5 Indian Christmas Delicacies

- December 24, 2021


By Krithika Nair

While Indians unite in the festivals they celebrate, how they do it differs across the land. Every city, every village has its unique traditions, treats and rituals. While some have cultural significance, some just grow over time, getting passed on from generation to generation, like a precious family heirloom. As we gear up for the festive season, here are some lip-smacking Christmas special delicacies from all over the country that you could look forward to as you visit your friends and family to celebrate this joyous festival.

Kuswar
Illustration: Sachin Adhare

Kuswar is not a dish by itself but rather an assortment of sweets and savouries, prepared in advance and exchanged between friends and family, as part of the Christmas festivities among Goans and Mangaloreans. The tradition is said to have been inspired by the Portuguese concept of ‘consoada’, although there are other such traditions in India as well, such as the tradition of preparing and distributing ‘faral’ during Diwali in Maharashtra. Kuswar plates include many dishes, but most popularly feature delicacies such as bebinca, rose kokkisam, guliyo, dodol, neureyo, kidyo, tukdi, patheka, kormola, different types of laddu and much more.

Achappam
Illustration: Sachin Adhare

Achappam is a flower-shaped fried rose cookie, popular in the states of Kerala and Tamil Nadu. The mildly sweet cookie is made out of rice batter and sesame seeds and is known for its light and crispy texture. Achappam is believed to be a result of the Dutch influence on the state’s cuisine during colonial times. The cookie gets its name from its peculiar shape – ‘ach’ meaning mould, and ‘appam’ meaning a dish cooked using flour or batter.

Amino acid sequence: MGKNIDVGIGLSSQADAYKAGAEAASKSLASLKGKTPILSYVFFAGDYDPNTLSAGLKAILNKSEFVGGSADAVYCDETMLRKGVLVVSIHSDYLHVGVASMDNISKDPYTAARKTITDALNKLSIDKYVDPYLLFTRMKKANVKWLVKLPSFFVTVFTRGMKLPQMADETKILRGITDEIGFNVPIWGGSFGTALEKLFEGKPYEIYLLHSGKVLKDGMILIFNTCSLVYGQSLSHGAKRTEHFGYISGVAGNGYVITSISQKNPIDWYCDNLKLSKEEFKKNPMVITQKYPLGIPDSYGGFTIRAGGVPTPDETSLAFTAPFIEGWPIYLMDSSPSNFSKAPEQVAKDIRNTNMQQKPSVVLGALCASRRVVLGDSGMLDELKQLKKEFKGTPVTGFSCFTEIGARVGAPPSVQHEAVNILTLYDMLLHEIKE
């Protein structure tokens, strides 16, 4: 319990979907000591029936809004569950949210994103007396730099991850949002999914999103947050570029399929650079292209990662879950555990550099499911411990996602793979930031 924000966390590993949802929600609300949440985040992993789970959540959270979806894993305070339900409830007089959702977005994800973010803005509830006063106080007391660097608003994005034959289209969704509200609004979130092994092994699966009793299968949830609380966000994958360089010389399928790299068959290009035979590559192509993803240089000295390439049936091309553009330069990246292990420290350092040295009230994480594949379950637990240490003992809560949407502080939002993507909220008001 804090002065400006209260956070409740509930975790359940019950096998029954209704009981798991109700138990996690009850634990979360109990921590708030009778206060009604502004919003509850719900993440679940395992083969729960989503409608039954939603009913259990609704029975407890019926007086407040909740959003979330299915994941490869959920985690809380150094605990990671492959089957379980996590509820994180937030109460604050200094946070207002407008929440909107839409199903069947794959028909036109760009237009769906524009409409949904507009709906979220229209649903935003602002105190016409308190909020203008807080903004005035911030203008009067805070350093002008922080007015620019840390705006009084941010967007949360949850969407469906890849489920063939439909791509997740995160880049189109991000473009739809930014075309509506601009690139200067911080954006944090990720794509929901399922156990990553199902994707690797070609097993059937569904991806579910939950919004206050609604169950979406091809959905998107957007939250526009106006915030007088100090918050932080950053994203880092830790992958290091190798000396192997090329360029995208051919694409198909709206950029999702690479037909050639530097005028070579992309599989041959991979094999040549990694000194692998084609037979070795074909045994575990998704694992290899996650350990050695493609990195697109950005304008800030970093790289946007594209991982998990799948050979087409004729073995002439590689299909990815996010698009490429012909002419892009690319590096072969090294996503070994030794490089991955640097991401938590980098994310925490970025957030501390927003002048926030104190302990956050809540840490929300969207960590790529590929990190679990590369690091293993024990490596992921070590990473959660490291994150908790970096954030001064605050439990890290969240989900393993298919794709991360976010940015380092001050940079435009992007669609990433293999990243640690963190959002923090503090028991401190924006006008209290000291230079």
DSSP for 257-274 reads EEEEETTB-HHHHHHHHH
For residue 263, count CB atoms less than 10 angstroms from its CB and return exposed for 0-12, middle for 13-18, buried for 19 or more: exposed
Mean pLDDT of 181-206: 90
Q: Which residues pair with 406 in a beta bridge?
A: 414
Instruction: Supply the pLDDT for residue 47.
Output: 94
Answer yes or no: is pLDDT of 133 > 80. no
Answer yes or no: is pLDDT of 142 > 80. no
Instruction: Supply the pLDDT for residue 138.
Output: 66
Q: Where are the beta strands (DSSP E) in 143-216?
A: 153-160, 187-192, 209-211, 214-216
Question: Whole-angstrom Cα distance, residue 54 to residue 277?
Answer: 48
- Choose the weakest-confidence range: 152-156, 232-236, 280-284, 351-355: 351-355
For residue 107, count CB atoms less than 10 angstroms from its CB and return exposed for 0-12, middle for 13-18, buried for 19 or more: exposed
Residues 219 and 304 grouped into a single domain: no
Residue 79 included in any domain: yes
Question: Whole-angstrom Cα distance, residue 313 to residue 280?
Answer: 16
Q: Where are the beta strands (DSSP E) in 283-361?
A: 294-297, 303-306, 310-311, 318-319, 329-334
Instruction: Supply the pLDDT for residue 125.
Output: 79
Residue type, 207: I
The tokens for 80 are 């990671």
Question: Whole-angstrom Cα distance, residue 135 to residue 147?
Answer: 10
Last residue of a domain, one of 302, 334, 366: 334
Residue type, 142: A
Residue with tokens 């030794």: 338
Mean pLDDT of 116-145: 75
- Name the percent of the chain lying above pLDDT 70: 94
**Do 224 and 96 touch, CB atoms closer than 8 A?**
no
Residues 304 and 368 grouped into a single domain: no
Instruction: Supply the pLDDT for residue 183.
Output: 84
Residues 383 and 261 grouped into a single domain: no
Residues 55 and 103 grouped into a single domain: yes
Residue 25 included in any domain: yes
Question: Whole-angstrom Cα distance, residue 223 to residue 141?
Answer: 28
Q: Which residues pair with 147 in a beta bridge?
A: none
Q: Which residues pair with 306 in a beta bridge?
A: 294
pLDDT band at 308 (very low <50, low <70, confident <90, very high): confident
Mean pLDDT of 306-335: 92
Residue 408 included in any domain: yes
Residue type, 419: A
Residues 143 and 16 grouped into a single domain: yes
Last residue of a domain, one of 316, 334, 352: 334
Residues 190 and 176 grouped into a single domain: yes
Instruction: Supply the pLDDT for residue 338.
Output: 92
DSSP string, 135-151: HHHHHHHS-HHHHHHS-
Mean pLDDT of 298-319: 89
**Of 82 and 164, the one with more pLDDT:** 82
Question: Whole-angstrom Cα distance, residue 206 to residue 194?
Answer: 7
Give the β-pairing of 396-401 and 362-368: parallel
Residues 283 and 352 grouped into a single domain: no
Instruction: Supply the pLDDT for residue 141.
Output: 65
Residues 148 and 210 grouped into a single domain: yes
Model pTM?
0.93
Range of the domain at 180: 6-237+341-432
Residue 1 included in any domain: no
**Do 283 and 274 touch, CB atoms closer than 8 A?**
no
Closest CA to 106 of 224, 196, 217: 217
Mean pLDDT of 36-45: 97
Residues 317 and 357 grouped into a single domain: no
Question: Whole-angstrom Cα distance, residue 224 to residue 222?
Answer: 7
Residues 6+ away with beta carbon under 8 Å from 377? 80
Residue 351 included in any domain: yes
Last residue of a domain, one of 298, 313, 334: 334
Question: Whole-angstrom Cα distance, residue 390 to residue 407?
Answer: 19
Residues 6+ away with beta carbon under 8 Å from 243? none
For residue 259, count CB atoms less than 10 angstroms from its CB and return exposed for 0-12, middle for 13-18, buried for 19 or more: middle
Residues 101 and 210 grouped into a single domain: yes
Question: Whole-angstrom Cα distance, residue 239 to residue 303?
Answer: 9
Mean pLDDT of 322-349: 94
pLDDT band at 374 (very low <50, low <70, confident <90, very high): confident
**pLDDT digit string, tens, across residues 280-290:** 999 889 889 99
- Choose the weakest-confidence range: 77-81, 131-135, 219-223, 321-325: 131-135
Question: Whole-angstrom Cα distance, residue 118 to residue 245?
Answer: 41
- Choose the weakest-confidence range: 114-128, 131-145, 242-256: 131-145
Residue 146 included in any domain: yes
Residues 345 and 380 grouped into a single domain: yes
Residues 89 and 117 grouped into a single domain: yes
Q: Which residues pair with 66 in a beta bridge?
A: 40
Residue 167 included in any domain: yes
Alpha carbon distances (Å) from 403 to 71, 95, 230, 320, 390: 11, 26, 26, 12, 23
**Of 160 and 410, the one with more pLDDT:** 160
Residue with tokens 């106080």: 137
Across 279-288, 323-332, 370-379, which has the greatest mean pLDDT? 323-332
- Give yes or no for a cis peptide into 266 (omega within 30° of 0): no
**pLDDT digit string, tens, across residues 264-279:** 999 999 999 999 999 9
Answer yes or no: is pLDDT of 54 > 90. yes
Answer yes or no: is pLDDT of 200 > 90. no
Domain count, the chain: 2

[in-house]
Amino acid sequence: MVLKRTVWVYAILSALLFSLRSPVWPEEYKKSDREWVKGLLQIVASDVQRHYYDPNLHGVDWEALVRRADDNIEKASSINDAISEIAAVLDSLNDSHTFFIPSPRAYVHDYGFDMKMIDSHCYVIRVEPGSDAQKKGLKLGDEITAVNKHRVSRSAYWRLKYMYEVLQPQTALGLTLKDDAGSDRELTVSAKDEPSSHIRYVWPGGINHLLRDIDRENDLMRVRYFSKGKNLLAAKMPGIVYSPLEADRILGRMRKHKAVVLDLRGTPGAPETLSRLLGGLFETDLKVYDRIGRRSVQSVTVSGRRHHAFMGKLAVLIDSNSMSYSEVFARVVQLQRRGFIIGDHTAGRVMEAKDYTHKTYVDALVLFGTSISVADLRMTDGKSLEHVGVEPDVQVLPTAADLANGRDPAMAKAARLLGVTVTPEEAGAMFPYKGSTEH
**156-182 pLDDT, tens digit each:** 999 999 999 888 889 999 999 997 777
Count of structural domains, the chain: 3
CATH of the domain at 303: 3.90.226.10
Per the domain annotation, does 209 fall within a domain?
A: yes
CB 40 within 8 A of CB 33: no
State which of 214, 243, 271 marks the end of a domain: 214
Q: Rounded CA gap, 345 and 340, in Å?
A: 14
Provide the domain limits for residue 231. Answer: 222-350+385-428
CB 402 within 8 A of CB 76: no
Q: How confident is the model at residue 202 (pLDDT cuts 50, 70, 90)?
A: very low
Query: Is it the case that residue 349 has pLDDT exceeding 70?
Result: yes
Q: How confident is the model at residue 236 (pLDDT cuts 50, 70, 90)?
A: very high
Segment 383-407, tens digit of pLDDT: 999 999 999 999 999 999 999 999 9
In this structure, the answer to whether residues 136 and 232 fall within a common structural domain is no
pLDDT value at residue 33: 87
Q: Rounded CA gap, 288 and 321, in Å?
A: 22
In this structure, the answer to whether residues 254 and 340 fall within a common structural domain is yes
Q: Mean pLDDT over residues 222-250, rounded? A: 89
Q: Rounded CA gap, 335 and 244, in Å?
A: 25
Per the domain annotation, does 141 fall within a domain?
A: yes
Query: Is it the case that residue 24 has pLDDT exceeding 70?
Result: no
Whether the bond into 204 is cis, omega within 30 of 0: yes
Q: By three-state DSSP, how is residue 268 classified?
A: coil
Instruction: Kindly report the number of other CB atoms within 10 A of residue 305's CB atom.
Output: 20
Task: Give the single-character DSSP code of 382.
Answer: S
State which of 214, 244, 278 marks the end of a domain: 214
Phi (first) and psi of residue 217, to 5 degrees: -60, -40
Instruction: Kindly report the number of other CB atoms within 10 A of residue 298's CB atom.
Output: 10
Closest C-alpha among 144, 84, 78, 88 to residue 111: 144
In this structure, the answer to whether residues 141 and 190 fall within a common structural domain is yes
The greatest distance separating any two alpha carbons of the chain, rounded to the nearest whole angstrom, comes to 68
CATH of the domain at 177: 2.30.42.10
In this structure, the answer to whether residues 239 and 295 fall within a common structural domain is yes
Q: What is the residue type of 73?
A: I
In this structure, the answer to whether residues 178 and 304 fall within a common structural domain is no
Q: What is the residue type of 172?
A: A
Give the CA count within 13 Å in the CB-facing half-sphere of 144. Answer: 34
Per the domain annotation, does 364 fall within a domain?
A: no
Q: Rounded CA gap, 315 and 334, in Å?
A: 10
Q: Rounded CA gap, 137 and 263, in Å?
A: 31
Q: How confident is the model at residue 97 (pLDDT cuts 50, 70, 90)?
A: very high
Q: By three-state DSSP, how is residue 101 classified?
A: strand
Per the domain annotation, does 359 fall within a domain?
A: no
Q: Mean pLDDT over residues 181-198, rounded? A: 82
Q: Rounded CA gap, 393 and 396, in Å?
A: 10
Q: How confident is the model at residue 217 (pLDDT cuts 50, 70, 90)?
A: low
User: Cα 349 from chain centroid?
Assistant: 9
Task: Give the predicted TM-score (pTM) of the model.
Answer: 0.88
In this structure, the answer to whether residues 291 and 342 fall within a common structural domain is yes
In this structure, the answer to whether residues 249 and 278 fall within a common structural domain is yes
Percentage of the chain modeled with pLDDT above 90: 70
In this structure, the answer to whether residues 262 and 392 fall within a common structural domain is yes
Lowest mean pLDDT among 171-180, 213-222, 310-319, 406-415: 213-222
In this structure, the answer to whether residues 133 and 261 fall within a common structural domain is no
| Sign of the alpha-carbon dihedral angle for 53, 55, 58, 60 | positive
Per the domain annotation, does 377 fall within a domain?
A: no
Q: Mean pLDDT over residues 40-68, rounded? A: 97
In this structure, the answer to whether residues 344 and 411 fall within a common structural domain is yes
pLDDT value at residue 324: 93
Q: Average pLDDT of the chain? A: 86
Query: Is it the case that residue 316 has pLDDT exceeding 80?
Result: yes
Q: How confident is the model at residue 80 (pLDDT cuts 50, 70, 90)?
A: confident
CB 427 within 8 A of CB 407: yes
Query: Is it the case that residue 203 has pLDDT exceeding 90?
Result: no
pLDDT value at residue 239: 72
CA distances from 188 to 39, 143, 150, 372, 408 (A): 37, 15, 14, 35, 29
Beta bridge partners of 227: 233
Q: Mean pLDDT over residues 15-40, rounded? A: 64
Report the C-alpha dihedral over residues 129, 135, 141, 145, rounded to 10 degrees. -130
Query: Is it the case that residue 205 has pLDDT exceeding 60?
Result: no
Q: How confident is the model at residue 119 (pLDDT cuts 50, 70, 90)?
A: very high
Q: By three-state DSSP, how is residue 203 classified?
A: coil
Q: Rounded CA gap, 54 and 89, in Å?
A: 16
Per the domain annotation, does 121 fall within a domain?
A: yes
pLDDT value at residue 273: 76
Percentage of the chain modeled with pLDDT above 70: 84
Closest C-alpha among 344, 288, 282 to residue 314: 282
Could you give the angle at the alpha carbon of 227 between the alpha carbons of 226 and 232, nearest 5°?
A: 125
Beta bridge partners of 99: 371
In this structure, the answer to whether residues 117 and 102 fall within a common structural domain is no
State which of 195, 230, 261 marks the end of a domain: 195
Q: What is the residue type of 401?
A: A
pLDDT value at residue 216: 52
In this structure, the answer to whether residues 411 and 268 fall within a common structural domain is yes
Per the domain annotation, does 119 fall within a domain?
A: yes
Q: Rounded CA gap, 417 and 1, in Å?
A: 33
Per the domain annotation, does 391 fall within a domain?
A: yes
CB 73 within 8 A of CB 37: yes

Kaukswe
Illustration: Sachin Adhare

The north-eastern Christmas feast includes a lot of non-vegetarian dishes. Kaukswe is one of the most popular Christmas dishes in Mizoram. It is an inspired take on the Burmese Kaukswe, a mild curry which is eaten along with noodles. The dish is a medley of different Indian spices cooked in a broth of coconut milk, giving it a characteristic yellow colour. The dish is garnished with coriander and lime. There are many variations in the preparation of the dish, although the version containing eggs and chicken seems to be the most popular.

Allahabadi Cake
Illustration: Sachin Adhare

Allahabadi cake is a kind of Indian fruit cake that was named after the city it originated in. The characteristic feature of this cake is the presence of interesting ingredients like ginger, fennel and even ‘petha’ in its preparation, which makes it uniquely Indian. The fruits and nuts used in the preparation of the cake are often soaked in rum to pack a punch.

Ishtew
Illustration: Sachin Adhare

Ishtew is an Indian stew preparation made with vegetables cooked in coconut milk gravy. This dish too has popular non-vegetarian variations. Most popularly, ishtew is eaten alongside steaming appams on Christmas mornings in Kerala. The dish is quite a deviation from the typically spicy cuisine of South India, perhaps as an alternative to the other dishes that join the table on Christmas feasts.

Comic of The Month

Krishna and Narakasura

Indra was at his wit’s end – the impertinent demon Narakasura had stolen his mother’s earrings! Lord Krishna, always helpful, agreed to confront the enemy. But seated on Garuda, his trusty eagle, and accompanied by the gentle Satyabhama, would Krishna be able to overcome Narakasura’s formidable defences? Would his gleaming discus ever find its mark? This is the story of why the first of four days of Diwali - the Festival of Lights is named after Naraka!

20 Minute Read